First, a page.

GJ: Their motto is never forget, and, obviously, you’re starting to get forgetful. So maybe that explains it! [both laugh]

Do you know Jen Graves personally at all? Have you come across her at a gallery or anything like that?

CK: Yeah, I met her at various art openings and events in Seattle to speak with her just briefly. And she interviewed me once for a radio program that she did and we had a pretty nice back-and-forth. So I can’t remember exactly why I was being interviewed, but I remembered that I enjoyed talking with her. And I don’t follow her articles, really, in The Stranger very much and I don’t socialize with her regularly, but I was aware of her and I had been interviewed for one of her podcasts.

GJ: Do you know of any personal reason why she would have it in for you? Do you have any speculations as to why she wrote this article?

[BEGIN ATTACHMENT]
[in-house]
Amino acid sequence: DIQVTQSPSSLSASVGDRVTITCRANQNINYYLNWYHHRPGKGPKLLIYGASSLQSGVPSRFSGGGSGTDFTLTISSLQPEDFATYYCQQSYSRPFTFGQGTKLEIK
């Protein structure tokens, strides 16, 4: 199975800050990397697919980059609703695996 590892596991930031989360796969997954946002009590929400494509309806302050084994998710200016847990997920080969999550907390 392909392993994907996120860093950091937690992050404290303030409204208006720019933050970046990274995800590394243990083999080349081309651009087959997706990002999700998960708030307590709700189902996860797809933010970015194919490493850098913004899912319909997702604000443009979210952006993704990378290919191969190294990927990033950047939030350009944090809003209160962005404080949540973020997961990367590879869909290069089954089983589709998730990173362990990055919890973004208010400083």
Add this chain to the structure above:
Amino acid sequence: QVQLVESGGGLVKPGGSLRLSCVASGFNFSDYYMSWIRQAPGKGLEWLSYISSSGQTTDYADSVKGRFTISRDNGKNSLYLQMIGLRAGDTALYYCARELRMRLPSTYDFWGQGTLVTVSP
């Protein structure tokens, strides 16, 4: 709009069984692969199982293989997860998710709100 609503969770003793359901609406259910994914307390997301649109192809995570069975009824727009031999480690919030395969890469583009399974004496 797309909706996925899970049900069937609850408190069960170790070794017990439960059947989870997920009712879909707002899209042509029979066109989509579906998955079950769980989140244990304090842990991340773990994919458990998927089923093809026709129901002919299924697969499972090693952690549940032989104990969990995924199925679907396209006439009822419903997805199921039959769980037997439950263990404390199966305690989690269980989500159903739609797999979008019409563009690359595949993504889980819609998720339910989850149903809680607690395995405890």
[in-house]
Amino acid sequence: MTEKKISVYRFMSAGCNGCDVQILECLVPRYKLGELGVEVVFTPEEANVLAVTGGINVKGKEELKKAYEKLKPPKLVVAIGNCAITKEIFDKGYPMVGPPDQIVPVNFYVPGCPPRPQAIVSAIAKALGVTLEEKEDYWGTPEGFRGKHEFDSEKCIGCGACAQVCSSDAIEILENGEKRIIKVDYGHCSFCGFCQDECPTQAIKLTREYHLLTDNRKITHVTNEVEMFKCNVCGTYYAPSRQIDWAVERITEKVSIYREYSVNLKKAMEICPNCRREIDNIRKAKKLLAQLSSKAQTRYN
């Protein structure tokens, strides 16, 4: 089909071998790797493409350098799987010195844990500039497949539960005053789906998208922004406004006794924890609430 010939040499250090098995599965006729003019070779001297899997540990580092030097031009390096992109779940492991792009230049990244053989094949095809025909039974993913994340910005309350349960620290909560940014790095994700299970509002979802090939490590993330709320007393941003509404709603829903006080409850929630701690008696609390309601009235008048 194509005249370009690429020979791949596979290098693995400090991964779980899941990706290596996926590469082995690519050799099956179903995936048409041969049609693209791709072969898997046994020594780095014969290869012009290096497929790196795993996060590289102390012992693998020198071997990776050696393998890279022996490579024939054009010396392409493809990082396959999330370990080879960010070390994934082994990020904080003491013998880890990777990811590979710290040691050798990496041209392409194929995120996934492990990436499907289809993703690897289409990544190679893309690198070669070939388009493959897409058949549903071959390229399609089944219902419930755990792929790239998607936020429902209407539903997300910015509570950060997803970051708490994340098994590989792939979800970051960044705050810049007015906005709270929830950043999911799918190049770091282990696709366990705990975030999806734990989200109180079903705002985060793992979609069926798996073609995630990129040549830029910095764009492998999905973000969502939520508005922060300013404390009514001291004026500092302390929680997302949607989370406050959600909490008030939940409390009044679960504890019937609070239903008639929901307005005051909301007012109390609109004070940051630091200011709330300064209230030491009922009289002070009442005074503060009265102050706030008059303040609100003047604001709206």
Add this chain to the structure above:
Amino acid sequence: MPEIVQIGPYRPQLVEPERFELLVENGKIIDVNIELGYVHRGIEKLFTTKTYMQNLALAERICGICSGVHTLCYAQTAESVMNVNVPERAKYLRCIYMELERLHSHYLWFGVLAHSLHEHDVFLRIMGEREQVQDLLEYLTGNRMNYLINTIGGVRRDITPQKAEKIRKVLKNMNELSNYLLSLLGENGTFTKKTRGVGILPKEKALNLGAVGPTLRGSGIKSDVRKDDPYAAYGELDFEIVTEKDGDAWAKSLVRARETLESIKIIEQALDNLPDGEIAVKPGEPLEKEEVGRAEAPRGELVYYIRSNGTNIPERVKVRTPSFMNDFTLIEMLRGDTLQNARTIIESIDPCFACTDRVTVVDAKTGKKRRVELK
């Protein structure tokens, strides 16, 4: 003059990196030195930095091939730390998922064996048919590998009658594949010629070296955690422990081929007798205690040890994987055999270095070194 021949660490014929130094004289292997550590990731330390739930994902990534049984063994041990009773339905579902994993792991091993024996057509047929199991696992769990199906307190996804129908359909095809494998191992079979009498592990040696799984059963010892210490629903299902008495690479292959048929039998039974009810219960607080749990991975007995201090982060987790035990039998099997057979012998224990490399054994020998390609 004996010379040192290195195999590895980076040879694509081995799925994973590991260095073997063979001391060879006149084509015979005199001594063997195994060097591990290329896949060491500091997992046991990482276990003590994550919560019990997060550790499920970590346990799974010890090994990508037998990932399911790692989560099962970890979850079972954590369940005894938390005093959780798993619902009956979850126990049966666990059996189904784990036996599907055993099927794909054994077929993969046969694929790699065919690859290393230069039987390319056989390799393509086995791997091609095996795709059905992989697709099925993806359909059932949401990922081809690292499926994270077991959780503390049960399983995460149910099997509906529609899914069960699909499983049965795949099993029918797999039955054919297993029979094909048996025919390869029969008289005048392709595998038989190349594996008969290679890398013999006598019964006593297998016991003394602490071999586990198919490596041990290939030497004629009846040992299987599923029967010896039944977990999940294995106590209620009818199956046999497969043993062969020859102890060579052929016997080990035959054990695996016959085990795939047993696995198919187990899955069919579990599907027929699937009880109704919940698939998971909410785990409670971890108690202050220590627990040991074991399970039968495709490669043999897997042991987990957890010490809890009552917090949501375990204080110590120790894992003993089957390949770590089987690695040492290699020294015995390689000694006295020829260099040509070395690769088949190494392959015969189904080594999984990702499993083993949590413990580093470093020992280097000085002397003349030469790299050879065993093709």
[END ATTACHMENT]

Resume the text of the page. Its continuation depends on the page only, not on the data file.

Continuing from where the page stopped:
CK: She was notified, anonymously, that I was a bigot, by, I believe, a community college art teacher out here. Because this art teacher messaged me on Facebook and said, “I’m very surprised that you haven’t been outed by the Seattle art community for your bigotry and your Holocaust skepticism.” She didn’t phrase it “skepticism” — that’s my phrase — but Holocaust denial. I wrote her back, this woman. I messaged her back. I said, “Well, if you think I should be outed, maybe you should be the one to do it.” So I think I gave her the idea to write this letter to Jen Graves. Then I get an email from Jen Graves asking me point-blank: “Would you like to write about Holocaust revisionism for The Stranger,” I think that was part of this letter that I got. And “Are you a Holocaust denier?” She said, “somebody has written to me accusing you of this. Are you?” And, oh, “. . . are you? And would you like to say something for The Stranger.” I don’t think they were offering me column space, but “would you like to make a comment about this accusation for The Stranger?” I guess she was going to be prepared to say something about it; in my defense, maybe. Because at that particular time, I don’t think she had any animus towards me.